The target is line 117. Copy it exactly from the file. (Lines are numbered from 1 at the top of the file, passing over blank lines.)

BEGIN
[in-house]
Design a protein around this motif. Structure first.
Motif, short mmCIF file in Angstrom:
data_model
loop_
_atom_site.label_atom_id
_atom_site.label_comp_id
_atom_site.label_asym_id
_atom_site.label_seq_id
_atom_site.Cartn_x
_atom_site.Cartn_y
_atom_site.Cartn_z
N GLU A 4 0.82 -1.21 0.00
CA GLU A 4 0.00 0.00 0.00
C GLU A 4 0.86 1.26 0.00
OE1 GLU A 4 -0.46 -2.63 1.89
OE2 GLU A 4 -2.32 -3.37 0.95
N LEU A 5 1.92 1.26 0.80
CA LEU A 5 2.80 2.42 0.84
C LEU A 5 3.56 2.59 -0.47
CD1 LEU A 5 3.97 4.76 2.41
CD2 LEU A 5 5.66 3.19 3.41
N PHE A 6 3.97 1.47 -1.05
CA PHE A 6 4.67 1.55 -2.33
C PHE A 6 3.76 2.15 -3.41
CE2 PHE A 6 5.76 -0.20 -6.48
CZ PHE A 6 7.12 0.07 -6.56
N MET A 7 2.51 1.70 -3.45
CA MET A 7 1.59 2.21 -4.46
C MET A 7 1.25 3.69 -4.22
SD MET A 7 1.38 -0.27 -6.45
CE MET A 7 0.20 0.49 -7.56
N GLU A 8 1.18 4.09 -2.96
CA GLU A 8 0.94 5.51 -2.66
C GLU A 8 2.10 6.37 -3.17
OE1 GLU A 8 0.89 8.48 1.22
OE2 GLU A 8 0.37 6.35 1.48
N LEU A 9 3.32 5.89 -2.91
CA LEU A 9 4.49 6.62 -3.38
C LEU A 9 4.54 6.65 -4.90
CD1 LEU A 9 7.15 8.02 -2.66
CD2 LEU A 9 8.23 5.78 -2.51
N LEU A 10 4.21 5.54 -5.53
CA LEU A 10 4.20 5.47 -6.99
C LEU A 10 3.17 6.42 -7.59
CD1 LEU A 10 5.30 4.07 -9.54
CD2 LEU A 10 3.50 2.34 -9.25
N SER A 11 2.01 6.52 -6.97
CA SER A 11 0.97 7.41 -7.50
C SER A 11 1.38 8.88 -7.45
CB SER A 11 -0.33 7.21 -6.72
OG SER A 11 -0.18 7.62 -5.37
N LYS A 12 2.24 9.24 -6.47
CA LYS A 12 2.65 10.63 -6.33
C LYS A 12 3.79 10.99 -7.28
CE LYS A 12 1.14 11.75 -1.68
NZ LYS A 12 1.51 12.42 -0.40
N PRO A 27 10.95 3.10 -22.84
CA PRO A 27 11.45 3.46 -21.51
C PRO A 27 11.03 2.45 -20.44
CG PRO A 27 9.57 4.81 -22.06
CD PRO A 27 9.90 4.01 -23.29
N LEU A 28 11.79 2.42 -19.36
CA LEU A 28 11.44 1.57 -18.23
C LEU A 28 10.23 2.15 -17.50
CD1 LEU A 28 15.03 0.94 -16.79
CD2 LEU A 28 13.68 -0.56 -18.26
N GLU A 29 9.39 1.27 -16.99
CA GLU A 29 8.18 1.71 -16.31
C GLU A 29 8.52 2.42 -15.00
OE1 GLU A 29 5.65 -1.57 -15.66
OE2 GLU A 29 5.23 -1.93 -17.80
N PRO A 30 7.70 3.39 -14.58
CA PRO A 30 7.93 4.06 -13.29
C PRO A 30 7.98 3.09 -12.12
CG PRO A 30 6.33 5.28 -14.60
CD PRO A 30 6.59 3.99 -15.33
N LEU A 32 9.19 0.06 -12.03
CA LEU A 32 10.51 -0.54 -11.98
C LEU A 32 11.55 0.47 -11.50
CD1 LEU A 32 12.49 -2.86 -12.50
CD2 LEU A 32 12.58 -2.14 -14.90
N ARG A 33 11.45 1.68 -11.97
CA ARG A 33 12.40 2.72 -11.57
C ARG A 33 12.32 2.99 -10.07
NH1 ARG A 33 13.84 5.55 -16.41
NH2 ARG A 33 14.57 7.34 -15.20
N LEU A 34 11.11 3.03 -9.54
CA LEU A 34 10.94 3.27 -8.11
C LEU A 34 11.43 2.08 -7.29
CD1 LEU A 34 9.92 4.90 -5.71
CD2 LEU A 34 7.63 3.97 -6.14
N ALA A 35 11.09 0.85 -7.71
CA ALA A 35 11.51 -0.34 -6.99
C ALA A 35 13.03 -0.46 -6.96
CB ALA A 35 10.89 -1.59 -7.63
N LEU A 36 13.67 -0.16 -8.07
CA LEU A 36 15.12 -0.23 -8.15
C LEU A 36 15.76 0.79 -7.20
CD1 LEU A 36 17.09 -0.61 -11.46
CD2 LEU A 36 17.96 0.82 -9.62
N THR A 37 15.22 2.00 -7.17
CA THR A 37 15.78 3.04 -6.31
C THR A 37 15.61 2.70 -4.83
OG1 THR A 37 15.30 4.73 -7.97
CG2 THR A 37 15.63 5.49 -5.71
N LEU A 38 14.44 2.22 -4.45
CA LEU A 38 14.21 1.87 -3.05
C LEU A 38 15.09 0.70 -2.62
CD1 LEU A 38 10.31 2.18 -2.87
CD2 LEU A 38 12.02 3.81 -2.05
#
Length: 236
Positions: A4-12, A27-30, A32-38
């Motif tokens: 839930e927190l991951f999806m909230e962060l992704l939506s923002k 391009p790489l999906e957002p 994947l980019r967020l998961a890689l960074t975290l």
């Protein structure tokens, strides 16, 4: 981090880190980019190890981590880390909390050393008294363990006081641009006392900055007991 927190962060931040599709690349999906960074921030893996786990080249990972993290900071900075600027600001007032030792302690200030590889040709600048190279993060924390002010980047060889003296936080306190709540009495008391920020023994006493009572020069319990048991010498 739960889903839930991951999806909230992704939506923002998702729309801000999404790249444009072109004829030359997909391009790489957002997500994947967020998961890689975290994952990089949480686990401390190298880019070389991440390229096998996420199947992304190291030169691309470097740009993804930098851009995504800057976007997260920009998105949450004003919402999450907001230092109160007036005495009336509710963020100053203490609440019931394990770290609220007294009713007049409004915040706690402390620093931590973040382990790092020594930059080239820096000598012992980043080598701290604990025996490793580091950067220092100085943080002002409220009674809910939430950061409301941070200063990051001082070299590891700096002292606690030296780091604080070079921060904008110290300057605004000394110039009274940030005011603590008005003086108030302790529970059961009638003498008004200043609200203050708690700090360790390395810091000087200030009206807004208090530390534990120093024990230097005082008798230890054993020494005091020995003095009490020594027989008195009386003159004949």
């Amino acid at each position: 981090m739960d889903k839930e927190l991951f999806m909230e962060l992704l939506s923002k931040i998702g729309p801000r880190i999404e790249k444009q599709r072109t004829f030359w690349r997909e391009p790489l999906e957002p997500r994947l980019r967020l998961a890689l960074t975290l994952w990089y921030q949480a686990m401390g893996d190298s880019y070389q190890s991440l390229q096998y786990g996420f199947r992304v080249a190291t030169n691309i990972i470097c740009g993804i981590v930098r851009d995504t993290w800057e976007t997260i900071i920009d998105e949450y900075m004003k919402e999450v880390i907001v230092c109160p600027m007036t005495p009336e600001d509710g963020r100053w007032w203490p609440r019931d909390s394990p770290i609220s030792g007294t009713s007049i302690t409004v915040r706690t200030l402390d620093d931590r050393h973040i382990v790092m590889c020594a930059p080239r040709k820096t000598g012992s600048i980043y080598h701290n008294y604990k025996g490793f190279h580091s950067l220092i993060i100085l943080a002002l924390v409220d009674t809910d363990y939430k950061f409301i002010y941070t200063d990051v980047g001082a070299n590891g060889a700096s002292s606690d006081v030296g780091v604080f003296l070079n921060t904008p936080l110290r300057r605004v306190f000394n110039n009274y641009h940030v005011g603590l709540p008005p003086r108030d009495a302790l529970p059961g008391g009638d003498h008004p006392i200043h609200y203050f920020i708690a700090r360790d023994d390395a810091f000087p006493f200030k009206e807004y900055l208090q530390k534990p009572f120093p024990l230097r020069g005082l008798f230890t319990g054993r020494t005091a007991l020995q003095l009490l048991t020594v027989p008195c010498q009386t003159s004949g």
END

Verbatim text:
């Amino acid at each position: 981090m739960d889903k839930e927190l991951f999806m909230e962060l992704l939506s923002k931040i998702g729309p801000r880190i999404e790249k444009q599709r072109t004829f030359w690349r997909e391009p790489l999906e957002p997500r994947l980019r967020l998961a890689l960074t975290l994952w990089y921030q949480a686990m401390g893996d190298s880019y070389q190890s991440l390229q096998y786990g996420f199947r992304v080249a190291t030169n691309i990972i470097c740009g993804i981590v930098r851009d995504t993290w800057e976007t997260i900071i920009d998105e949450y900075m004003k919402e999450v880390i907001v230092c109160p600027m007036t005495p009336e600001d509710g963020r100053w007032w203490p609440r019931d909390s394990p770290i609220s030792g007294t009713s007049i302690t409004v915040r706690t200030l402390d620093d931590r050393h973040i382990v790092m590889c020594a930059p080239r040709k820096t000598g012992s600048i980043y080598h701290n008294y604990k025996g490793f190279h580091s950067l220092i993060i100085l943080a002002l924390v409220d009674t809910d363990y939430k950061f409301i002010y941070t200063d990051v980047g001082a070299n590891g060889a700096s002292s606690d006081v030296g780091v604080f003296l070079n921060t904008p936080l110290r300057r605004v306190f000394n110039n009274y641009h940030v005011g603590l709540p008005p003086r108030d009495a302790l529970p059961g008391g009638d003498h008004p006392i200043h609200y203050f920020i708690a700090r360790d023994d390395a810091f000087p006493f200030k009206e807004y900055l208090q530390k534990p009572f120093p024990l230097r020069g005082l008798f230890t319990g054993r020494t005091a007991l020995q003095l009490l048991t020594v027989p008195c010498q009386t003159s004949g």